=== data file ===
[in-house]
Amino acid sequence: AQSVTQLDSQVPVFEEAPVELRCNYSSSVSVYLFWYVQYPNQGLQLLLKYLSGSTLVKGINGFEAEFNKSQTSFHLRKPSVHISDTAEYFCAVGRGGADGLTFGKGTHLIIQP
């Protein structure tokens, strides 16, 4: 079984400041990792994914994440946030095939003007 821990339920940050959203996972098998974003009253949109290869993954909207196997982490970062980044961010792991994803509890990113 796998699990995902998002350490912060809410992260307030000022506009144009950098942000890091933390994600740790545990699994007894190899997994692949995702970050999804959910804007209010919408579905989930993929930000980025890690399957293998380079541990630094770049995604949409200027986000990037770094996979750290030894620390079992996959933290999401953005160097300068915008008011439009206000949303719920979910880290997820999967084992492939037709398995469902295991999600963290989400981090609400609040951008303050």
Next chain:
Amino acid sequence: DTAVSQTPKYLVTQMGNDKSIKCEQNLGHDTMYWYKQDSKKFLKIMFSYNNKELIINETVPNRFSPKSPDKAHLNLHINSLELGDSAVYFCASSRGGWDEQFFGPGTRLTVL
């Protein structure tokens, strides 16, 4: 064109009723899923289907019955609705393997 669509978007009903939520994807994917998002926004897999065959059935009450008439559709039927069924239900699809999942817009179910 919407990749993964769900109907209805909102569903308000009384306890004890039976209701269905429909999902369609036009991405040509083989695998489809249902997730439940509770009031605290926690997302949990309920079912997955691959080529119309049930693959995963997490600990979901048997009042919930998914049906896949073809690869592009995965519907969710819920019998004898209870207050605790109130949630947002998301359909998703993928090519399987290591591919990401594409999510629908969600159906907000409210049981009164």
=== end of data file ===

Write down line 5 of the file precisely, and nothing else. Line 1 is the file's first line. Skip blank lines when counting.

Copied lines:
Amino acid sequence: DTAVSQTPKYLVTQMGNDKSIKCEQNLGHDTMYWYKQDSKKFLKIMFSYNNKELIINETVPNRFSPKSPDKAHLNLHINSLELGDSAVYFCASSRGGWDEQFFGPGTRLTVL